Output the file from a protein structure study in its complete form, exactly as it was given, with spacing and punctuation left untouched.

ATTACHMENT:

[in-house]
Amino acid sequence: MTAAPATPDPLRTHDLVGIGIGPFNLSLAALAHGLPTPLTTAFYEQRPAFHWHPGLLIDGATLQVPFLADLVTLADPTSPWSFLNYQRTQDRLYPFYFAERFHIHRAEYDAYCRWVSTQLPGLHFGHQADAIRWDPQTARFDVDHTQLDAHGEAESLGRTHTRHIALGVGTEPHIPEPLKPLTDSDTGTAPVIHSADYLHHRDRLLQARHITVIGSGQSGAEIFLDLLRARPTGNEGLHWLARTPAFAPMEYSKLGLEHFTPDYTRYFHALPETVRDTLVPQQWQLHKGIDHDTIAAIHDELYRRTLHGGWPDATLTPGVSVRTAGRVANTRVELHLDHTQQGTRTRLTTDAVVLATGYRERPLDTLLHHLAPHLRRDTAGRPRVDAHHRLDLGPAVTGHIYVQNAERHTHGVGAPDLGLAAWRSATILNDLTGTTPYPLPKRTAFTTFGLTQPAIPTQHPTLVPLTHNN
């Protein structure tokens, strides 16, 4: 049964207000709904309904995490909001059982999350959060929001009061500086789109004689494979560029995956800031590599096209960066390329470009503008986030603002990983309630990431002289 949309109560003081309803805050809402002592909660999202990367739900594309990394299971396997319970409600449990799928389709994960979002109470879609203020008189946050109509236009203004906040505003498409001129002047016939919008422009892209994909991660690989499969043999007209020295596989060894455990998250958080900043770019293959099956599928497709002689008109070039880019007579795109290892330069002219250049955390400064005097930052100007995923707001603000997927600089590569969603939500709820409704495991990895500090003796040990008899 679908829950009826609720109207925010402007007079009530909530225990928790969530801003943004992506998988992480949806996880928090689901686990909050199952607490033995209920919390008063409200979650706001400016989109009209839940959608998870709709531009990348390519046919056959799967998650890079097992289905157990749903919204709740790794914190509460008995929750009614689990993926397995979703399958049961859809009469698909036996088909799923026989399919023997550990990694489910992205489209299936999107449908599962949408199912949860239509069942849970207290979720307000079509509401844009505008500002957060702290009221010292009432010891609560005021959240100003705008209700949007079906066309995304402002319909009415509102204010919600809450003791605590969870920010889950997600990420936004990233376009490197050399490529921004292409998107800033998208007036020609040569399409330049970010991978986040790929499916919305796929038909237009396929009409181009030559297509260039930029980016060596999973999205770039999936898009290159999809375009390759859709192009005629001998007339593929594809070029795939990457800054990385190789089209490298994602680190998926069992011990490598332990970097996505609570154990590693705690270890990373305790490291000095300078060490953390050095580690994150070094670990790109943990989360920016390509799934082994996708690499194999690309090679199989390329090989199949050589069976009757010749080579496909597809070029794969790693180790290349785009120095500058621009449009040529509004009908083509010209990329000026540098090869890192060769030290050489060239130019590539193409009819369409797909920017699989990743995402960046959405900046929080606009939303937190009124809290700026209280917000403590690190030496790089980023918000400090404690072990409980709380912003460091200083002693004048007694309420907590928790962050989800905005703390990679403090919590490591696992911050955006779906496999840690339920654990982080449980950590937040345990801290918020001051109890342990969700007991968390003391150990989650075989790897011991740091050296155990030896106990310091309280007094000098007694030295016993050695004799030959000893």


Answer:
[in-house]
Amino acid sequence: MTAAPATPDPLRTHDLVGIGIGPFNLSLAALAHGLPTPLTTAFYEQRPAFHWHPGLLIDGATLQVPFLADLVTLADPTSPWSFLNYQRTQDRLYPFYFAERFHIHRAEYDAYCRWVSTQLPGLHFGHQADAIRWDPQTARFDVDHTQLDAHGEAESLGRTHTRHIALGVGTEPHIPEPLKPLTDSDTGTAPVIHSADYLHHRDRLLQARHITVIGSGQSGAEIFLDLLRARPTGNEGLHWLARTPAFAPMEYSKLGLEHFTPDYTRYFHALPETVRDTLVPQQWQLHKGIDHDTIAAIHDELYRRTLHGGWPDATLTPGVSVRTAGRVANTRVELHLDHTQQGTRTRLTTDAVVLATGYRERPLDTLLHHLAPHLRRDTAGRPRVDAHHRLDLGPAVTGHIYVQNAERHTHGVGAPDLGLAAWRSATILNDLTGTTPYPLPKRTAFTTFGLTQPAIPTQHPTLVPLTHNN
């Protein structure tokens, strides 16, 4: 049964207000709904309904995490909001059982999350959060929001009061500086789109004689494979560029995956800031590599096209960066390329470009503008986030603002990983309630990431002289 949309109560003081309803805050809402002592909660999202990367739900594309990394299971396997319970409600449990799928389709994960979002109470879609203020008189946050109509236009203004906040505003498409001129002047016939919008422009892209994909991660690989499969043999007209020295596989060894455990998250958080900043770019293959099956599928497709002689008109070039880019007579795109290892330069002219250049955390400064005097930052100007995923707001603000997927600089590569969603939500709820409704495991990895500090003796040990008899 679908829950009826609720109207925010402007007079009530909530225990928790969530801003943004992506998988992480949806996880928090689901686990909050199952607490033995209920919390008063409200979650706001400016989109009209839940959608998870709709531009990348390519046919056959799967998650890079097992289905157990749903919204709740790794914190509460008995929750009614689990993926397995979703399958049961859809009469698909036996088909799923026989399919023997550990990694489910992205489209299936999107449908599962949408199912949860239509069942849970207290979720307000079509509401844009505008500002957060702290009221010292009432010891609560005021959240100003705008209700949007079906066309995304402002319909009415509102204010919600809450003791605590969870920010889950997600990420936004990233376009490197050399490529921004292409998107800033998208007036020609040569399409330049970010991978986040790929499916919305796929038909237009396929009409181009030559297509260039930029980016060596999973999205770039999936898009290159999809375009390759859709192009005629001998007339593929594809070029795939990457800054990385190789089209490298994602680190998926069992011990490598332990970097996505609570154990590693705690270890990373305790490291000095300078060490953390050095580690994150070094670990790109943990989360920016390509799934082994996708690499194999690309090679199989390329090989199949050589069976009757010749080579496909597809070029794969790693180790290349785009120095500058621009449009040529509004009908083509010209990329000026540098090869890192060769030290050489060239130019590539193409009819369409797909920017699989990743995402960046959405900046929080606009939303937190009124809290700026209280917000403590690190030496790089980023918000400090404690072990409980709380912003460091200083002693004048007694309420907590928790962050989800905005703390990679403090919590490591696992911050955006779906496999840690339920654990982080449980950590937040345990801290918020001051109890342990969700007991968390003391150990989650075989790897011991740091050296155990030896106990310091309280007094000098007694030295016993050695004799030959000893």